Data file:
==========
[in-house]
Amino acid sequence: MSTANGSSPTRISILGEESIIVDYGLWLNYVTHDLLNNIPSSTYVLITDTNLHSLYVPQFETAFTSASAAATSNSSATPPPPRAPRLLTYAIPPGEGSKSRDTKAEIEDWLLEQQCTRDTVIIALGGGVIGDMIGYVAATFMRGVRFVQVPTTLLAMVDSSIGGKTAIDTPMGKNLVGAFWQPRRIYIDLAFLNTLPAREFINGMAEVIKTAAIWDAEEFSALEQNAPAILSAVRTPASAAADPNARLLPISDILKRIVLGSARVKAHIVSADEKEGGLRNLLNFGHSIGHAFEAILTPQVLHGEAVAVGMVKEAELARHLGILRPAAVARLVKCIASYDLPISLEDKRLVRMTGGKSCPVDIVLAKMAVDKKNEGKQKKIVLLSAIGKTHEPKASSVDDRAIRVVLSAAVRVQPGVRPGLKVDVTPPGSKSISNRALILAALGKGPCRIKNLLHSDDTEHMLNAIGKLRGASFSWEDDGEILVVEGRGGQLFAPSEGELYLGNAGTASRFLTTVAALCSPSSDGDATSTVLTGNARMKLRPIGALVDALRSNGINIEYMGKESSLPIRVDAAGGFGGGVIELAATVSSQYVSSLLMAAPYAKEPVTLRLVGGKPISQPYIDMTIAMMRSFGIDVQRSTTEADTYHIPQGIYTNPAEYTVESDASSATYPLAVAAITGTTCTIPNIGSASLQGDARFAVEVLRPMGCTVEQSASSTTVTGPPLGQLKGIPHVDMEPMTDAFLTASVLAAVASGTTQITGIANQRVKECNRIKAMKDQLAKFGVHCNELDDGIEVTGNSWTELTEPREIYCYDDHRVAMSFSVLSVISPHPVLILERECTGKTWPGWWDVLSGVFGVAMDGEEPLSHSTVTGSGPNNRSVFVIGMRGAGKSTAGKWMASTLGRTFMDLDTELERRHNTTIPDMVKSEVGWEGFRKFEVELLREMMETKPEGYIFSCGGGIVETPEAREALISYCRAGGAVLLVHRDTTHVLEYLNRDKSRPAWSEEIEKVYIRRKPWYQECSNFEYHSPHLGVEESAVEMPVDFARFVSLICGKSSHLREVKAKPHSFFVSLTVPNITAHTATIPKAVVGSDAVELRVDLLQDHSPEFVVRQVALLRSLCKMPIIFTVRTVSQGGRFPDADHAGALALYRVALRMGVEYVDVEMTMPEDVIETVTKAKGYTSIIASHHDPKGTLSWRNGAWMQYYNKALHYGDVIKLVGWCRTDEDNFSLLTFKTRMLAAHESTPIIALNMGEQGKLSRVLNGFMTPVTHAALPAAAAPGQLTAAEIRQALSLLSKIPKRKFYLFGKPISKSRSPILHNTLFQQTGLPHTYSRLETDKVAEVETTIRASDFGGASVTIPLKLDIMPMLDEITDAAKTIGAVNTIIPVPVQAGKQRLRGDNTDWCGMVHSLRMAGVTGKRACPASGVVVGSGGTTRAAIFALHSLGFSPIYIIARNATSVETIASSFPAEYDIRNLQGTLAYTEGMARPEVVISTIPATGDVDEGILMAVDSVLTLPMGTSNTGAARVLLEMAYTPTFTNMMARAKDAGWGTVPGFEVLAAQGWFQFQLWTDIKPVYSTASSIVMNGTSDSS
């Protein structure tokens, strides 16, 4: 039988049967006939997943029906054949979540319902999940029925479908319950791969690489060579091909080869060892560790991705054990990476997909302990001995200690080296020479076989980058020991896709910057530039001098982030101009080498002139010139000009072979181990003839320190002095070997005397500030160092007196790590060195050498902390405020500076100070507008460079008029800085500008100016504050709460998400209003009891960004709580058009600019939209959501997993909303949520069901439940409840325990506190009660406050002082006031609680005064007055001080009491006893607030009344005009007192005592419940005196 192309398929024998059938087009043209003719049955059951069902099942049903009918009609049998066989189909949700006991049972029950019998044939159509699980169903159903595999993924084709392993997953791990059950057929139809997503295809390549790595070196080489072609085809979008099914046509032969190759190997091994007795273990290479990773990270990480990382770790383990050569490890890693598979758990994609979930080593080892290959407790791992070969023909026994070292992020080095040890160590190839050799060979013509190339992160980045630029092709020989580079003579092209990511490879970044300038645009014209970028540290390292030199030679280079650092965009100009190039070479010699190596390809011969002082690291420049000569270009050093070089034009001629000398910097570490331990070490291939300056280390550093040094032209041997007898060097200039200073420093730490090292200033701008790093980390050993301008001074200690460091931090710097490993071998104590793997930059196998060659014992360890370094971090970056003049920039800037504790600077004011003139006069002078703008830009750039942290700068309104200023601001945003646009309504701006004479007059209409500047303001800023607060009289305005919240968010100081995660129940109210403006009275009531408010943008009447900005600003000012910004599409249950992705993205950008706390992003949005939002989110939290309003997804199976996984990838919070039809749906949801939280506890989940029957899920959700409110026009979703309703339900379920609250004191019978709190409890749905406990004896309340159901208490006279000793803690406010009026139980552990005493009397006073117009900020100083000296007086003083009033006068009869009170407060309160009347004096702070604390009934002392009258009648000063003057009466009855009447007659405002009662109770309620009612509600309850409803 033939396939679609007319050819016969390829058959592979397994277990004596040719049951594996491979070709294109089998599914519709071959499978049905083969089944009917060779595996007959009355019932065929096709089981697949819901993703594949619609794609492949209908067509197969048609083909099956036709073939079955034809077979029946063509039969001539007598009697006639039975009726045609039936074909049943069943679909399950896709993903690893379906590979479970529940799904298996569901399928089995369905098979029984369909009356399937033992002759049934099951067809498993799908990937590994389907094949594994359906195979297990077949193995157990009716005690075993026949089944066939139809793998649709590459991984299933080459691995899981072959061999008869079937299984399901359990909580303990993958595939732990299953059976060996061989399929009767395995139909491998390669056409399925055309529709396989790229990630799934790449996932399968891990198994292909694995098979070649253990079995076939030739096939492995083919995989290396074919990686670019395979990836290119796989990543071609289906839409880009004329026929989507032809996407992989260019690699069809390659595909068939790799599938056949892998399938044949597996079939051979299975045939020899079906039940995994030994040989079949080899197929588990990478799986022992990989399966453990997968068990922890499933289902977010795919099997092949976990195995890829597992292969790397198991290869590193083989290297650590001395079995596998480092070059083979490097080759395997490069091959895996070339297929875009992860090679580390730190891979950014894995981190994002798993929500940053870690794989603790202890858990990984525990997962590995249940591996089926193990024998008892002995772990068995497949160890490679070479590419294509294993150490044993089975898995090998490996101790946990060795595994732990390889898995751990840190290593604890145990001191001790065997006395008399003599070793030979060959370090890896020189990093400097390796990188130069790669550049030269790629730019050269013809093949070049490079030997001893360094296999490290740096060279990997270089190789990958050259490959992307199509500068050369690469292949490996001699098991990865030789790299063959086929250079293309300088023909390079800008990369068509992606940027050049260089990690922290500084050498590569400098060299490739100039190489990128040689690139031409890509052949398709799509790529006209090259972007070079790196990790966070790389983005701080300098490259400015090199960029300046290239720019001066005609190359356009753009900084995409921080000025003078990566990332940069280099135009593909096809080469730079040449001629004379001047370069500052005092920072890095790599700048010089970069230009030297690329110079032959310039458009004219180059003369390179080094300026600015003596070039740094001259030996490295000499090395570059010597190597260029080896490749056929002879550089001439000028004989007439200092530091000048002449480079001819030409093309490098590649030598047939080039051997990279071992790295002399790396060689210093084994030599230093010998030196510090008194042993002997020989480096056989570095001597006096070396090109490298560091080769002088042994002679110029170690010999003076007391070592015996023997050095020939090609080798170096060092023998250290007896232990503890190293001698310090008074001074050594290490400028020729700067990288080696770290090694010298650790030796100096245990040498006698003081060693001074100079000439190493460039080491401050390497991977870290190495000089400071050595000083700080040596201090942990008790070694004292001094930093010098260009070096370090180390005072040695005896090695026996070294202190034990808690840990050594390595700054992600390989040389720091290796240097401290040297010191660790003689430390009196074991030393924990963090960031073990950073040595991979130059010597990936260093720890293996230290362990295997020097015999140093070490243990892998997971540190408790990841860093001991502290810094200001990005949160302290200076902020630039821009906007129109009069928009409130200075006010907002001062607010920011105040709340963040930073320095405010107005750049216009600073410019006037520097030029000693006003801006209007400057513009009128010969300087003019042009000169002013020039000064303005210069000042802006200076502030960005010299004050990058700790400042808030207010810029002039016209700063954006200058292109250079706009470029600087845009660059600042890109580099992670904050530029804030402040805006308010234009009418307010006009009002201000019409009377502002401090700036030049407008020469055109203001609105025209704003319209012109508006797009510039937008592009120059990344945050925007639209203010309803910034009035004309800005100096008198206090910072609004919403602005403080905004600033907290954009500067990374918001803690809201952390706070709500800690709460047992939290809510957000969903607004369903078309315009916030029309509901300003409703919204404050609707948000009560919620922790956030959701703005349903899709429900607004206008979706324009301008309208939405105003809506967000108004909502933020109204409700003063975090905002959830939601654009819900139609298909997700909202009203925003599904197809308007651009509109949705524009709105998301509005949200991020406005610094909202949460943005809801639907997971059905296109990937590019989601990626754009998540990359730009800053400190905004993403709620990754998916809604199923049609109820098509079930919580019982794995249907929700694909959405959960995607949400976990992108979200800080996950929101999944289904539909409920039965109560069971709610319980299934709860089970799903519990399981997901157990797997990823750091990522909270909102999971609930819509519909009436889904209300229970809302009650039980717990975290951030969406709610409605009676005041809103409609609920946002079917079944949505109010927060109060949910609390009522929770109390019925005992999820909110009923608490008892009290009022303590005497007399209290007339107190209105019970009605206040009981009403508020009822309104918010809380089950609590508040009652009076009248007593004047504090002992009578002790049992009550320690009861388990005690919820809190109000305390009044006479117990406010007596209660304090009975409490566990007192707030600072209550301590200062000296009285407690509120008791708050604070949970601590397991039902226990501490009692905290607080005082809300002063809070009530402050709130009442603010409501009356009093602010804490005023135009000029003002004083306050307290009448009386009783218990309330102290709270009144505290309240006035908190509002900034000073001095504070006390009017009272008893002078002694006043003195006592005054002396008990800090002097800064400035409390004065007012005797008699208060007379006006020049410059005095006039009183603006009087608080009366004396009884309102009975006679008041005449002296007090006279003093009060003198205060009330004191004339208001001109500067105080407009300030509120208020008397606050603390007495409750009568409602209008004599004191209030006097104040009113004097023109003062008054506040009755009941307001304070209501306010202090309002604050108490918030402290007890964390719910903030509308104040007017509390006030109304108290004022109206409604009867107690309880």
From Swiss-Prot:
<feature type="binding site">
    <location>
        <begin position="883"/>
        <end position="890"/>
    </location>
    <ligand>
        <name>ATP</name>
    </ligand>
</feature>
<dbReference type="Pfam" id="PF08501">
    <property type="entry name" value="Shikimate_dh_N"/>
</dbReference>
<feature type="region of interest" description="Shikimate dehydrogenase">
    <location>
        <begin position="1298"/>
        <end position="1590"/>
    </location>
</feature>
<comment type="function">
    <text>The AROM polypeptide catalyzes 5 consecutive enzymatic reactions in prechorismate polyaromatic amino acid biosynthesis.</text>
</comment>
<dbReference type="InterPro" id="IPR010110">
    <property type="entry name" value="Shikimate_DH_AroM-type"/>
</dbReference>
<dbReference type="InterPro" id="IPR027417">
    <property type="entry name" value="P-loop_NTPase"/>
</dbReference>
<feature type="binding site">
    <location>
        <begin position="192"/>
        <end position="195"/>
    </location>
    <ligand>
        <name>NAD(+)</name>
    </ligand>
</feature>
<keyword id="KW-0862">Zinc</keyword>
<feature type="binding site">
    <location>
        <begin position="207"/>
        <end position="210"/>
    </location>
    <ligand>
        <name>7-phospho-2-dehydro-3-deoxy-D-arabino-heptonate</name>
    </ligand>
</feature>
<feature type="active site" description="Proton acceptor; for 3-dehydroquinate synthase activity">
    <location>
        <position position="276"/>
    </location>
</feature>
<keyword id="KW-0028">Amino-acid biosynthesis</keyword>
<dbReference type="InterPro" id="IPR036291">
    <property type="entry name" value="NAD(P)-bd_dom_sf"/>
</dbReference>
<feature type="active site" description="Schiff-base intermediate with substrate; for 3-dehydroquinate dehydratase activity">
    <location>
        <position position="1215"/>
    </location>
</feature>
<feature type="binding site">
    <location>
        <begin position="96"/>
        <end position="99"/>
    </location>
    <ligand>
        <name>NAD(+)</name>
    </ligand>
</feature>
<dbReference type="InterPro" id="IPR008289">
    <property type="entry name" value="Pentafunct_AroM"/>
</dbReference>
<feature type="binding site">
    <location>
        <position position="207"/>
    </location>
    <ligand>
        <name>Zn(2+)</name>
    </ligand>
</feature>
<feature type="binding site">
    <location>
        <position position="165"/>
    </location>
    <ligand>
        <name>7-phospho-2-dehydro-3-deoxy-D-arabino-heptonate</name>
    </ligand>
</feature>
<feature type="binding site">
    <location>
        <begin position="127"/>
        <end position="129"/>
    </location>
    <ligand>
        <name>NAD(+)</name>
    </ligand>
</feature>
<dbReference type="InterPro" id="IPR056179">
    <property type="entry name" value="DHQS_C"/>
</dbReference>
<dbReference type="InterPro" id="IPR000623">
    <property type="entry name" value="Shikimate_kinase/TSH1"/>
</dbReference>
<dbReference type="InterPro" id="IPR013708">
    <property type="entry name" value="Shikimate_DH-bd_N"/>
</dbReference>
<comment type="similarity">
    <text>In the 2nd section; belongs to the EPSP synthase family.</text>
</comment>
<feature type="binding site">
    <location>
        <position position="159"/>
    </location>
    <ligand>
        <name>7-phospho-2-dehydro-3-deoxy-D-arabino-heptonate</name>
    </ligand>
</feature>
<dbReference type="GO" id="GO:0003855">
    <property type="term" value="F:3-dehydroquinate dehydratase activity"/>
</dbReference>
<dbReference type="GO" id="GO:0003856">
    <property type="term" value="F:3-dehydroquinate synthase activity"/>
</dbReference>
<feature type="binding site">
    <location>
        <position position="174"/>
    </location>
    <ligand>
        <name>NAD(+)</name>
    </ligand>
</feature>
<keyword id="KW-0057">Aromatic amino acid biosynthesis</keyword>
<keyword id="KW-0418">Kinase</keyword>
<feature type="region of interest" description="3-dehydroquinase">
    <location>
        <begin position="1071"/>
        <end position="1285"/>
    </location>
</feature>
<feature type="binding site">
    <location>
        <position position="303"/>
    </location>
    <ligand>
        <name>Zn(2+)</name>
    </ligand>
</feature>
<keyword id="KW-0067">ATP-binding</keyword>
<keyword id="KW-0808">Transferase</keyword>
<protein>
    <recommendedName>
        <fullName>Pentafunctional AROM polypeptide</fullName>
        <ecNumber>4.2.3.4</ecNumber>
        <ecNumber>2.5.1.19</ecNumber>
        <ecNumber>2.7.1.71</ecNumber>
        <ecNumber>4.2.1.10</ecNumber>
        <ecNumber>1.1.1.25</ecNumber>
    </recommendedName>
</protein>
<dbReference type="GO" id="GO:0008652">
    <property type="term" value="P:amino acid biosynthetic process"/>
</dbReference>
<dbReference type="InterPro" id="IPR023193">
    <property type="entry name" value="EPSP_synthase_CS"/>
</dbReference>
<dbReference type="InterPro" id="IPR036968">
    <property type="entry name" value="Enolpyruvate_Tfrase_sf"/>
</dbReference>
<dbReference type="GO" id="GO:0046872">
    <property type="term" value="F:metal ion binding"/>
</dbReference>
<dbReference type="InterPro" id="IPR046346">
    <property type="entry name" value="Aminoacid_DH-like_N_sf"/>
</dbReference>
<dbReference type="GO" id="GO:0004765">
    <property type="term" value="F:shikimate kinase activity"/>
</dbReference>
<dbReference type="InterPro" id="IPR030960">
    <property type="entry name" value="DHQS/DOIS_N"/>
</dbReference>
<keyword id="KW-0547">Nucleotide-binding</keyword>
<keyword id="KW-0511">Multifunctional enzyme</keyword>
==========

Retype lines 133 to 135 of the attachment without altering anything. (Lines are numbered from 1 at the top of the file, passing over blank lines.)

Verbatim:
        <name>NAD(+)</name>
    </ligand>
</feature>